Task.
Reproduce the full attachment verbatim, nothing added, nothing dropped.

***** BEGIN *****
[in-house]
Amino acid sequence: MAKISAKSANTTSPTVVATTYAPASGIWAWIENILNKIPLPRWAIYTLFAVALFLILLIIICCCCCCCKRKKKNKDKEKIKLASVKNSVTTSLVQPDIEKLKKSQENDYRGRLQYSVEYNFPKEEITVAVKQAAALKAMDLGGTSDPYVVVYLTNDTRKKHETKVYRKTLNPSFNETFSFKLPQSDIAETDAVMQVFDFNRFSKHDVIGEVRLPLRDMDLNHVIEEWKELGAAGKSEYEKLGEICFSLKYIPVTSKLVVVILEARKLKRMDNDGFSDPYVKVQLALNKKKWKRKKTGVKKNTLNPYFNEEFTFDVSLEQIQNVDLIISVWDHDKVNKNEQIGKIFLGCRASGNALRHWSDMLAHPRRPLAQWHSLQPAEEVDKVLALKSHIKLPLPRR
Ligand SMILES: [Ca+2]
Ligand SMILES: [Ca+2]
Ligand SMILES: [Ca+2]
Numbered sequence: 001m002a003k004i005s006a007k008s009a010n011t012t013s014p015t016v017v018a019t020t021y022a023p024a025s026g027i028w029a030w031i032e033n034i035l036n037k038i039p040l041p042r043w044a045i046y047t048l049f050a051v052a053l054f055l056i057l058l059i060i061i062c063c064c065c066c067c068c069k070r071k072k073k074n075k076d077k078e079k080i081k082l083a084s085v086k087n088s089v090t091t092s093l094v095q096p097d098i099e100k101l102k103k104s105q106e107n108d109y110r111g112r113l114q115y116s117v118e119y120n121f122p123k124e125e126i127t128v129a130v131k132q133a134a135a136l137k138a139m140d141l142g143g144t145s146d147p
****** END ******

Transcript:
[in-house]
Amino acid sequence: MAKISAKSANTTSPTVVATTYAPASGIWAWIENILNKIPLPRWAIYTLFAVALFLILLIIICCCCCCCKRKKKNKDKEKIKLASVKNSVTTSLVQPDIEKLKKSQENDYRGRLQYSVEYNFPKEEITVAVKQAAALKAMDLGGTSDPYVVVYLTNDTRKKHETKVYRKTLNPSFNETFSFKLPQSDIAETDAVMQVFDFNRFSKHDVIGEVRLPLRDMDLNHVIEEWKELGAAGKSEYEKLGEICFSLKYIPVTSKLVVVILEARKLKRMDNDGFSDPYVKVQLALNKKKWKRKKTGVKKNTLNPYFNEEFTFDVSLEQIQNVDLIISVWDHDKVNKNEQIGKIFLGCRASGNALRHWSDMLAHPRRPLAQWHSLQPAEEVDKVLALKSHIKLPLPRR
Ligand SMILES: [Ca+2]
Ligand SMILES: [Ca+2]
Ligand SMILES: [Ca+2]
Numbered sequence: 001m002a003k004i005s006a007k008s009a010n011t012t013s014p015t016v017v018a019t020t021y022a023p024a025s026g027i028w029a030w031i032e033n034i035l036n037k038i039p040l041p042r043w044a045i046y047t048l049f050a051v052a053l054f055l056i057l058l059i060i061i062c063c064c065c066c067c068c069k070r071k072k073k074n075k076d077k078e079k080i081k082l083a084s085v086k087n088s089v090t091t092s093l094v095q096p097d098i099e100k101l102k103k104s105q106e107n108d109y110r111g112r113l114q115y116s117v118e119y120n121f122p123k124e125e126i127t128v129a130v131k132q133a134a135a136l137k138a139m140d141l142g143g144t145s146d147p